FILENAME: finalversion_journal.pdf (233 kB)





TITLE: Self-organizing Algorithms derived from RNA interactions

AUTHORS: W. Banzhaf

SOURCE: Evolution and Biocomputation, Lecture Notes in Computer Science, LNCS, Vol. 899, Springer, Berlin, 1995, pp. 69 -- 102

EDITORS: W. Banzhaf and F. Eeckman

ABSTRACT: We discuss algorithms based on the RNA interaction found in Nature. Molecular biology has reveiled that strands of RNA, besides being autocatalytic, can interact with each other. They play a double role of being information carriers and enzymes. The first role is realized by the 1-dimensional sequence of nucleotides on a strand of RNA, the second by the 3-dimensional form strands can assume under appropriate temperature and solvent conditions. We use this basic idea of having two alternative forms of the same sequence to propose a new Artificial Life algorithm. After a general introduction to the area we report our findings in a specific application studied recently: an algorithm which allows sequences of binary numbers to interact. We introduce folding methods to achieve 2-dimensional alternative forms of the sequences. Interactions between 1- and 2-dimensional forms of binary sequences generate new sequences, which compete with the original ones due to selection pressure. Starting from random sequences, replicating and self-replicating sequences are generated in considerable numbers. We follow the evolution of a number of sample simulations and analyse the resulting self-organising system.

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TITLE: Mesoscopic Analysis of Self-Evolution in an Artificial Chemistry

AUTHORS: Peter Dittrich, Jens Ziegler and Wolfgang Banzhaf

SOURCE: Proc. on the 6th Int. Conf. on Artificial Life, Los Angeles, 1998, MIT Press, Cambridge, MA, 95 - 103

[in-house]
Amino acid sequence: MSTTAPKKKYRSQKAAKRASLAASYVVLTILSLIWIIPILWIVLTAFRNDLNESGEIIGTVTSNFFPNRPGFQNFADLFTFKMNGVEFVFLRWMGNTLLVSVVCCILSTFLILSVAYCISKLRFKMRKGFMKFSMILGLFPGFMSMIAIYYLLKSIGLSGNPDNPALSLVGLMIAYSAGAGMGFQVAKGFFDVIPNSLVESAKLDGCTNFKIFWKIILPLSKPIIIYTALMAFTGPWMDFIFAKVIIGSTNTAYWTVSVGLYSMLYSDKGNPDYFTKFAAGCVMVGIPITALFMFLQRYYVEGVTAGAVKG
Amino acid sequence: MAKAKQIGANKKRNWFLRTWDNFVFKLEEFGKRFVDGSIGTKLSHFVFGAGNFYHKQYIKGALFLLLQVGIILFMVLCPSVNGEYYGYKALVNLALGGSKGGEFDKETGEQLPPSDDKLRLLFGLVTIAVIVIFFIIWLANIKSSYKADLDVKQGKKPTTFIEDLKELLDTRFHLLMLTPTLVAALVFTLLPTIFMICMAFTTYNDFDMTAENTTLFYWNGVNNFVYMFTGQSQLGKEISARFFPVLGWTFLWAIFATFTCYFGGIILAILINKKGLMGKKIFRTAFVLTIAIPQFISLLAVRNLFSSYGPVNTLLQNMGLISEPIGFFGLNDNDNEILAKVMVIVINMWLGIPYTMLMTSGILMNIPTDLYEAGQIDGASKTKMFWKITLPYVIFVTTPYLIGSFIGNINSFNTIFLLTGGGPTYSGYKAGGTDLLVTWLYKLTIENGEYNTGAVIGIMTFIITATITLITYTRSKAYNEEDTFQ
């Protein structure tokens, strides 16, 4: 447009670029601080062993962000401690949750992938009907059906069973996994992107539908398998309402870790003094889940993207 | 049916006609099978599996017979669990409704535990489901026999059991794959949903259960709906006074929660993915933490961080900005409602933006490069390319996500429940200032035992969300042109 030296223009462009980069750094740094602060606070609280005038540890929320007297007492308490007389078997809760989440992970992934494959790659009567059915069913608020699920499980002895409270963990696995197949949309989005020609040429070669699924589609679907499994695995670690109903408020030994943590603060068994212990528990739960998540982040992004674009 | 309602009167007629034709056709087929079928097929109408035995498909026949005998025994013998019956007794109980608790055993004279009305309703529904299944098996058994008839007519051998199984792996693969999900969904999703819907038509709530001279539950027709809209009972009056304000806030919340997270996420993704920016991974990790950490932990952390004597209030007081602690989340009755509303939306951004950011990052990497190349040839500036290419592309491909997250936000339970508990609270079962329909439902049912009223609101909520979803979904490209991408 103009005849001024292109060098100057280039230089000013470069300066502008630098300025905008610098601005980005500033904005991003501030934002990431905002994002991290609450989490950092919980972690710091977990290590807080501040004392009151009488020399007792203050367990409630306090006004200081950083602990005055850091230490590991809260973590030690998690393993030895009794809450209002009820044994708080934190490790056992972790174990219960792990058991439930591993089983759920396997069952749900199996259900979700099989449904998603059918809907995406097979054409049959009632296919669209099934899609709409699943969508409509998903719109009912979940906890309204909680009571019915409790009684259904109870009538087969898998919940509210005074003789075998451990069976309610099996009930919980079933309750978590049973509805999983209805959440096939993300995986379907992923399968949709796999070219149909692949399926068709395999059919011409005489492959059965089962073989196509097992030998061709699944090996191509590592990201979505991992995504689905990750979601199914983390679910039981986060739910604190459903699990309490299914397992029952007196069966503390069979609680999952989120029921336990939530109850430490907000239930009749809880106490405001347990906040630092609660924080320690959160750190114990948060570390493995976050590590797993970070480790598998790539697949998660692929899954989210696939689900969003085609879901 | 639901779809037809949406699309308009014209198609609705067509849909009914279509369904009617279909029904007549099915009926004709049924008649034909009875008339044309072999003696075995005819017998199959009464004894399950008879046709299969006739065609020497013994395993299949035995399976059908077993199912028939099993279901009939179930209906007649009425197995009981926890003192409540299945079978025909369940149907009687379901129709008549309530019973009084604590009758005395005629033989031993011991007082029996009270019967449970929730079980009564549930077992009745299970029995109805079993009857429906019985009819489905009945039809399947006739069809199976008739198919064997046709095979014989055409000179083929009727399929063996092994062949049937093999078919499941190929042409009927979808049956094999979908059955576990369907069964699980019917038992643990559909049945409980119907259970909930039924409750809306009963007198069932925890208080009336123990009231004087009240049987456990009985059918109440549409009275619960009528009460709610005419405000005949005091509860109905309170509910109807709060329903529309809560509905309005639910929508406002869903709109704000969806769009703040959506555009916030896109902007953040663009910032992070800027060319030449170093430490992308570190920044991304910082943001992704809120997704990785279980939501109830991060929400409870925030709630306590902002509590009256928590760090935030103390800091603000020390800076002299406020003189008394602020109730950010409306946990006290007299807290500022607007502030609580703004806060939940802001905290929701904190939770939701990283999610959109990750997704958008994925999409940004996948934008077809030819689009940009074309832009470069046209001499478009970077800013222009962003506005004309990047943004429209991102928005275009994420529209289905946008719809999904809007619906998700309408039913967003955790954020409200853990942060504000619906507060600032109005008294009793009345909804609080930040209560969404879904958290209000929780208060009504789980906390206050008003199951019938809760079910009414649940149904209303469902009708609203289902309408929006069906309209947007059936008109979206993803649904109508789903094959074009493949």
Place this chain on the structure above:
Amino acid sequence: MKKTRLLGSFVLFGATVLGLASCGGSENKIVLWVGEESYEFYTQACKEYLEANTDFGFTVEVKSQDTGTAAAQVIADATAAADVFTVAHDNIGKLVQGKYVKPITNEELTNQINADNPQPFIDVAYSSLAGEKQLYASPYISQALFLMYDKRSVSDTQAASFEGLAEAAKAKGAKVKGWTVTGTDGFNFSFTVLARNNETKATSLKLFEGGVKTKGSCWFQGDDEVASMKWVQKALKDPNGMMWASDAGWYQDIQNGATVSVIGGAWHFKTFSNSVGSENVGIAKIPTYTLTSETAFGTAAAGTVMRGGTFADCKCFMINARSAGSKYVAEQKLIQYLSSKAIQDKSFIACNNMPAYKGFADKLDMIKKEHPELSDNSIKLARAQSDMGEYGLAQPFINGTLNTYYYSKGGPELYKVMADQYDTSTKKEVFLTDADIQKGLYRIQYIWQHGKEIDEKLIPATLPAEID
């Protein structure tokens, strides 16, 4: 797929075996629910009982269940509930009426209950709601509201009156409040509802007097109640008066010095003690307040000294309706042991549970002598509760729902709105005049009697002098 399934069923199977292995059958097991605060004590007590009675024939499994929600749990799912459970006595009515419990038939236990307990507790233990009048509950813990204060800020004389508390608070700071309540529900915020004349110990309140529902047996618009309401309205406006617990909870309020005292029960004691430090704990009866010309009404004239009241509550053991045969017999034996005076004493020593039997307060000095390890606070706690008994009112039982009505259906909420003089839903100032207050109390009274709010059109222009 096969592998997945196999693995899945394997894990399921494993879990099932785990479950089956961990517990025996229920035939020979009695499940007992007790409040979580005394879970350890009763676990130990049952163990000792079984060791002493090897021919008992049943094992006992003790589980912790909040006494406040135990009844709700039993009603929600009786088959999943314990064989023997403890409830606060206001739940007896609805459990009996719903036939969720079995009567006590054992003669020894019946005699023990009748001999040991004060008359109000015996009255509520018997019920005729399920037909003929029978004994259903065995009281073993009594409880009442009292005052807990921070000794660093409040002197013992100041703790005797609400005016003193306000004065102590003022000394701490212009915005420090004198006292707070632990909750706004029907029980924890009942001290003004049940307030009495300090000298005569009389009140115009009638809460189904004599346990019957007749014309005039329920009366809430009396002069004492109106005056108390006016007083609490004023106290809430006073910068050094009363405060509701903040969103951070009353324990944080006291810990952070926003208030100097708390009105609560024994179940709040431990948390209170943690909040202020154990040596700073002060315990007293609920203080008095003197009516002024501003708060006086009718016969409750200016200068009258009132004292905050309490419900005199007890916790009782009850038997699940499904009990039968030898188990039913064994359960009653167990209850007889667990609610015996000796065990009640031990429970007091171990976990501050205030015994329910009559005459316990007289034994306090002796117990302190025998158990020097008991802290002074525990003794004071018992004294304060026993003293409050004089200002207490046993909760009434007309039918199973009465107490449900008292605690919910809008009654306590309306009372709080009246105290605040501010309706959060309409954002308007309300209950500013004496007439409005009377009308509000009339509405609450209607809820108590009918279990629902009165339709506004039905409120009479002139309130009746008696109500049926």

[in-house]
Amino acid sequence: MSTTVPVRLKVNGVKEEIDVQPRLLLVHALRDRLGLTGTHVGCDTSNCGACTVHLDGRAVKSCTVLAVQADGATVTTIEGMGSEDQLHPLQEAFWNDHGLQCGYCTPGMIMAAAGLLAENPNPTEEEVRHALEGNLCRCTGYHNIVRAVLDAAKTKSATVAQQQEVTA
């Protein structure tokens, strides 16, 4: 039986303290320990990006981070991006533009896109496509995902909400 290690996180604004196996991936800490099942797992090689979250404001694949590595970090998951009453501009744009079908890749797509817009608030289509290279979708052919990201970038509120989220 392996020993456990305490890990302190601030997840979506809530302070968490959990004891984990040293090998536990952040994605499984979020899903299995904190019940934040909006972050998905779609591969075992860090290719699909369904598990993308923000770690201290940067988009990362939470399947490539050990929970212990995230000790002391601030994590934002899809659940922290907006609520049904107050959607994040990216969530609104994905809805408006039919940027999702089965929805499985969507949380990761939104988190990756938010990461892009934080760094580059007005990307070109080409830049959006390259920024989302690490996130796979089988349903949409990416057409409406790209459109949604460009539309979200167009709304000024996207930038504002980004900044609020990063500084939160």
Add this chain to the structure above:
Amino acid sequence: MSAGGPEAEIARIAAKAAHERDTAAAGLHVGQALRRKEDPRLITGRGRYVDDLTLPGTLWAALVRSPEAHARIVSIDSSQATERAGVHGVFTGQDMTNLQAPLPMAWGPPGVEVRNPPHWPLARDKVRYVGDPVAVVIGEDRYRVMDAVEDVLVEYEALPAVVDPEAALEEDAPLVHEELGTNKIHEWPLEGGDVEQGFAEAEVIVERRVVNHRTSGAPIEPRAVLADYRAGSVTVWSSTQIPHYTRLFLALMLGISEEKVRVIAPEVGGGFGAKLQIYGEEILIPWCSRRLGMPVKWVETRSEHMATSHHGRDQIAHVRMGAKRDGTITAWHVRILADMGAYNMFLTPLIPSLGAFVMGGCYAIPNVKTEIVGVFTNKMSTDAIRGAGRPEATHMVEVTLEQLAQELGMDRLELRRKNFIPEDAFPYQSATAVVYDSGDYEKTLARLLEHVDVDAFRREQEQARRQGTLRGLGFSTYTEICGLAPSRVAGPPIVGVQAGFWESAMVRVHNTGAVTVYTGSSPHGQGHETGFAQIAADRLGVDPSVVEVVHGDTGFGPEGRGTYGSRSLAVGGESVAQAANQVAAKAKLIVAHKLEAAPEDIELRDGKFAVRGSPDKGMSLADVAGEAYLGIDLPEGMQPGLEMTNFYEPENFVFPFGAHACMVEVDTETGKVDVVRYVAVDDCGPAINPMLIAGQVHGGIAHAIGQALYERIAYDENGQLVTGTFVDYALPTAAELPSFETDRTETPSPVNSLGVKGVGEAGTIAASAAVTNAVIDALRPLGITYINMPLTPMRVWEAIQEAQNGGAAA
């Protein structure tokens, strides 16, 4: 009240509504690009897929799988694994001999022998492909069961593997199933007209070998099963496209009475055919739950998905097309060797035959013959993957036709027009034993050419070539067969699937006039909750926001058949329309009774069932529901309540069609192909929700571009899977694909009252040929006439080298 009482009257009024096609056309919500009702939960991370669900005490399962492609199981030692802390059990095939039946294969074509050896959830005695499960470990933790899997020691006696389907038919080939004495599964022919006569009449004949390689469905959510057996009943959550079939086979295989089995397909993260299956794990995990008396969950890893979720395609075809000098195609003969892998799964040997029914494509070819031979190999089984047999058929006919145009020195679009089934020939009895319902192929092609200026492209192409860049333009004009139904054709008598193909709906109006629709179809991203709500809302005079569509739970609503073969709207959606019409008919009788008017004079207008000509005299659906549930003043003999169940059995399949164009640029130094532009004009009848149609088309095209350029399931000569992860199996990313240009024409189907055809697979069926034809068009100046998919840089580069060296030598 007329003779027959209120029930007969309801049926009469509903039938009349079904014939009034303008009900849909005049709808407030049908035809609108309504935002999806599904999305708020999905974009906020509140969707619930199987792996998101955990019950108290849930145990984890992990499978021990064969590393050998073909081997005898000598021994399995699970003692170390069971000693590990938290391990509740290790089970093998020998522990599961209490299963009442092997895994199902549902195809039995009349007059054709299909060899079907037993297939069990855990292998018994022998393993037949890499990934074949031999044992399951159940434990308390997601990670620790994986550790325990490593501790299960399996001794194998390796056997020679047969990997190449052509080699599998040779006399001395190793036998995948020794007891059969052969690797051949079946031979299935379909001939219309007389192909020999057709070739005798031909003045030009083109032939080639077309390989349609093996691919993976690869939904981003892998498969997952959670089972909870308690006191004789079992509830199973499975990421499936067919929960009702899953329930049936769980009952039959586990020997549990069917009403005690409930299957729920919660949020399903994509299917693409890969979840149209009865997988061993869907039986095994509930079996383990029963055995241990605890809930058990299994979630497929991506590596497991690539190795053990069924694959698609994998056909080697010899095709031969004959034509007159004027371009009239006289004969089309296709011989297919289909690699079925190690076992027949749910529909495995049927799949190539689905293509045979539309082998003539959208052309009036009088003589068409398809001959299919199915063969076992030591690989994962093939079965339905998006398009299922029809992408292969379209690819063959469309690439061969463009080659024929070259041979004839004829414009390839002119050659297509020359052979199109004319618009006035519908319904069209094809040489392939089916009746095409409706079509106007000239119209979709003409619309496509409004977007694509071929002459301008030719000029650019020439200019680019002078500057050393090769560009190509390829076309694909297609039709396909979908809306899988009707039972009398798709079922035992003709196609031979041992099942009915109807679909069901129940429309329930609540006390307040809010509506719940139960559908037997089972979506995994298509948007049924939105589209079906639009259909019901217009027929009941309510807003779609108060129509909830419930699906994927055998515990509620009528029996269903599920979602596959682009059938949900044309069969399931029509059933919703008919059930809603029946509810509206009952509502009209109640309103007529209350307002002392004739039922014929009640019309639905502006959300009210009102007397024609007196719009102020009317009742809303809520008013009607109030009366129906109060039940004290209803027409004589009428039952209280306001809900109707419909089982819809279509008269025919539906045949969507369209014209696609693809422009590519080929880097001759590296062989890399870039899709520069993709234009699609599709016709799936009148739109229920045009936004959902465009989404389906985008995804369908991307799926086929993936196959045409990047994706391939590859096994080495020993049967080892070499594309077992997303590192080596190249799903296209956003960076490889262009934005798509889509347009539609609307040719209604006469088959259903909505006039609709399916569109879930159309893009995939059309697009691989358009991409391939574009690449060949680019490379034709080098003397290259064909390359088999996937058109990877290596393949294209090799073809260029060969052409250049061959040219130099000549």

EDITORS: C. Adami, R.K. Belew, H. Kitano and C.E. Taylor (Eds.) ABSTRACT: In an algorithmic artificial chemistry the objects (molecules) are data structures and the interactions (reactions) among them are defined by an algorithm. The same object can appear in two forms: (1) as an active machine (operator), (2) as passive data (operand). Thus, the same object can act on other objects or it can be processed by others. This dualism allows the implicit definition of constructive artificial chemical systems, which exhibit quite complex behaviors. In our case even evolutionary behavior has been observed which is notable, because no explicit mutation, recombination or fitness function is involved. Every variation is exclusively performed by the objects (molecules) in their machine form. In addition to microscopic methods (e.g. monitoring the actions of single molecules) and macroscopic measurements (e.g. diversity, complexity) we developed a stepwise mesoscopic analysis method based on classification and dynamic clustering. Knowledge about the system is accumulated in a cyclic process, where measuring tools (classifiers) extract information, which is again used to create new classifiers.